The main source of vitamin D is by the conversion of 7-dehydrocholesterol in the skin to cholecalceferol upon exposure to suns ultraviolet B radiation. Vitamin D in diet may be supplied as cholecalceferol or as ergocalciferol, which is derived from plant sources. Vitamin D is metabolised in the liver to 25-hydroxyvitamin D (25OHD; measure of an individuals vitamin D status) and by kidneys to 1,25-dihydroxyvitamin D, which is responsible for calcium & phosphorous homeostasis and skeletal mineralisation. Maternal 25OHD crosses the placenta and vitamin D stores of maternal origin are depleted in the infant by eight weeks of age.
There are anecdotal reports of congenital rickets among newborn infants of mothers with severe vitamin D deficiency. Maternal vitamin D deficiency during pregnancy is also associated with craniotabes, seizures secondary to neonatal hypocalcaemia, impaired fetal skeletal mineralisation and dental enamel hypoplasia. Infants born to vitamin D deficient mothers and who are fed on breast milk (contains ∼40 IU vitamin D per litre) without vitamin D supplementation are at risk of developing rickets and heart failure secondary to dilated cardiomyopathy. Javaid et al have recently shown that reduced maternal concentration of 25OHD during late pregnancy was associated with significantly lower whole body and lumbar spine bone mineral content, in the children at age 9 years (Lancet 2006; 367(9504):3643). Therefore, maternal vitamin D deficiency might contribute to the burden of osteoporotic fractures, through inadequate acquisition of peak bone mass in the growing skeleton.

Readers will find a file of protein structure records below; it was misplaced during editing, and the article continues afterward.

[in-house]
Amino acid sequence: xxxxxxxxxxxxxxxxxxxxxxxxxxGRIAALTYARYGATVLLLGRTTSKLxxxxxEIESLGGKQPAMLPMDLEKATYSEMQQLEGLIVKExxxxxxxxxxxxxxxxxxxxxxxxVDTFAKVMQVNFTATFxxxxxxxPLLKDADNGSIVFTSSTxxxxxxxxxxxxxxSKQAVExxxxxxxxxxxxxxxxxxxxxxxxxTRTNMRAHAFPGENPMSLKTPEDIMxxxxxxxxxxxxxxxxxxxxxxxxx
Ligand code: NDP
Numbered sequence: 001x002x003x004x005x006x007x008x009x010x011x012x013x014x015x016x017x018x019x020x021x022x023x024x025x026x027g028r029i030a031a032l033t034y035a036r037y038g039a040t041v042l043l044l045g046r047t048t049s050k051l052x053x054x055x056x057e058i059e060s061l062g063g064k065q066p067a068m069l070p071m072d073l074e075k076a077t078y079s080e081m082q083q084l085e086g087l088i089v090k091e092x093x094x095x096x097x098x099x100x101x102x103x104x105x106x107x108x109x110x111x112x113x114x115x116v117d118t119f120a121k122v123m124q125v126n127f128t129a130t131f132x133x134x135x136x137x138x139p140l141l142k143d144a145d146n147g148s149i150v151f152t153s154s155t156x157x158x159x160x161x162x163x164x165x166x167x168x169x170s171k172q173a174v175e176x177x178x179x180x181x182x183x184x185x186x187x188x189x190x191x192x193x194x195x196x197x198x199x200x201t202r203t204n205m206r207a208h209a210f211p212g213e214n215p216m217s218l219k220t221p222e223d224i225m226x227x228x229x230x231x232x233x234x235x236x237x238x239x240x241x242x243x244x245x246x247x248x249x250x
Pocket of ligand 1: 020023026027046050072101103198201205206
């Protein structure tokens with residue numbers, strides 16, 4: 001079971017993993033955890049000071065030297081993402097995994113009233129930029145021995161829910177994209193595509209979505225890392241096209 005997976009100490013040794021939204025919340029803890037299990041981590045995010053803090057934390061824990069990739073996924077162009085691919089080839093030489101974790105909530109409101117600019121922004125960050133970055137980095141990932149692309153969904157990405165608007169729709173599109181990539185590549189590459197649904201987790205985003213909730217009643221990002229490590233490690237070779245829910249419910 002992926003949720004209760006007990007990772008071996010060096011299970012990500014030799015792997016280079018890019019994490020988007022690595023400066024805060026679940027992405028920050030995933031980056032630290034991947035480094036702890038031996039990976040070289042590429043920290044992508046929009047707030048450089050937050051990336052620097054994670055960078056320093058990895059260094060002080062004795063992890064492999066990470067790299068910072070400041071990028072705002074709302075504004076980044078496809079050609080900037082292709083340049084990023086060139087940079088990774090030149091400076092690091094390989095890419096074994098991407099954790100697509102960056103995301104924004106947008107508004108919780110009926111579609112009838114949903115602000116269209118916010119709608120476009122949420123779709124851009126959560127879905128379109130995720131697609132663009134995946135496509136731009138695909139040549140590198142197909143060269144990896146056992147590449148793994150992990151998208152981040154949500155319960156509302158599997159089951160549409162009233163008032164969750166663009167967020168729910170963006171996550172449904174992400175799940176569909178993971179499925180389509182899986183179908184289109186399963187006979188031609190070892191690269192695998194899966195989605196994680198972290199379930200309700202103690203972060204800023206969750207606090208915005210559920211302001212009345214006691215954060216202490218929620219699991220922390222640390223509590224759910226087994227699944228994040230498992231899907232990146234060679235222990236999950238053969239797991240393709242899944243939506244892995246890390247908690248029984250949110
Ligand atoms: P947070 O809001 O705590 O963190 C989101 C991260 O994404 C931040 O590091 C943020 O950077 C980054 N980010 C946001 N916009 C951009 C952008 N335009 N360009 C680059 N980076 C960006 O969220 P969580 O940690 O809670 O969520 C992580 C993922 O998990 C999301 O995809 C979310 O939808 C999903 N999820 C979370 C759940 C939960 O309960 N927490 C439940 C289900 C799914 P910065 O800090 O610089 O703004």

In the UK there is confusion regarding vitamin D supplementation in pregnancy; the Department of Health recommends that all pregnant and lactating mothers should receive 400 IU of vitamin D daily, whereas the National Institute for Clinical Excellence guideline on routine antenatal care does not recommend routine vitamin D supplementation.